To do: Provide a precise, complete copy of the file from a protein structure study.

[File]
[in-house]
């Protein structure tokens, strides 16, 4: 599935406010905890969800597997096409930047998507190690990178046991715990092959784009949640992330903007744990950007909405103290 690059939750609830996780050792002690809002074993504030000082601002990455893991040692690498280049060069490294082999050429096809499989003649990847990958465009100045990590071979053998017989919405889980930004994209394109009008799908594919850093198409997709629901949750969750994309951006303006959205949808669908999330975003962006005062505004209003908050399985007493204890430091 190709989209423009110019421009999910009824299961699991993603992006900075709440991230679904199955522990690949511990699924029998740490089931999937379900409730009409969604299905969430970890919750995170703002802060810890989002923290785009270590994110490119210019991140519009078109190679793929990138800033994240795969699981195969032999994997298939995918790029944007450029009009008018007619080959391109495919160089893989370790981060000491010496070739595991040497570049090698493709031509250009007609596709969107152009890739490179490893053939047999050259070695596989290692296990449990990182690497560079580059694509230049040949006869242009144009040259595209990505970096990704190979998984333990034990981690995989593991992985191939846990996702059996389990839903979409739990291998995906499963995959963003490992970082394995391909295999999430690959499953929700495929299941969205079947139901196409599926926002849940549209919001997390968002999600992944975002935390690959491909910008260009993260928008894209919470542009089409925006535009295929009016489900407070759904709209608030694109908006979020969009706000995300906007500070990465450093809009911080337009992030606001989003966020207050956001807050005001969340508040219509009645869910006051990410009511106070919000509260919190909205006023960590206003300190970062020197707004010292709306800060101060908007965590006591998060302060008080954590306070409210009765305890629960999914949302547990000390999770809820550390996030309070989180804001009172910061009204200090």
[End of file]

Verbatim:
[in-house]
């Protein structure tokens, strides 16, 4: 599935406010905890969800597997096409930047998507190690990178046991715990092959784009949640992330903007744990950007909405103290 690059939750609830996780050792002690809002074993504030000082601002990455893991040692690498280049060069490294082999050429096809499989003649990847990958465009100045990590071979053998017989919405889980930004994209394109009008799908594919850093198409997709629901949750969750994309951006303006959205949808669908999330975003962006005062505004209003908050399985007493204890430091 190709989209423009110019421009999910009824299961699991993603992006900075709440991230679904199955522990690949511990699924029998740490089931999937379900409730009409969604299905969430970890919750995170703002802060810890989002923290785009270590994110490119210019991140519009078109190679793929990138800033994240795969699981195969032999994997298939995918790029944007450029009009008018007619080959391109495919160089893989370790981060000491010496070739595991040497570049090698493709031509250009007609596709969107152009890739490179490893053939047999050259070695596989290692296990449990990182690497560079580059694509230049040949006869242009144009040259595209990505970096990704190979998984333990034990981690995989593991992985191939846990996702059996389990839903979409739990291998995906499963995959963003490992970082394995391909295999999430690959499953929700495929299941969205079947139901196409599926926002849940549209919001997390968002999600992944975002935390690959491909910008260009993260928008894209919470542009089409925006535009295929009016489900407070759904709209608030694109908006979020969009706000995300906007500070990465450093809009911080337009992030606001989003966020207050956001807050005001969340508040219509009645869910006051990410009511106070919000509260919190909205006023960590206003300190970062020197707004010292709306800060101060908007965590006591998060302060008080954590306070409210009765305890629960999914949302547990000390999770809820550390996030309070989180804001009172910061009204200090």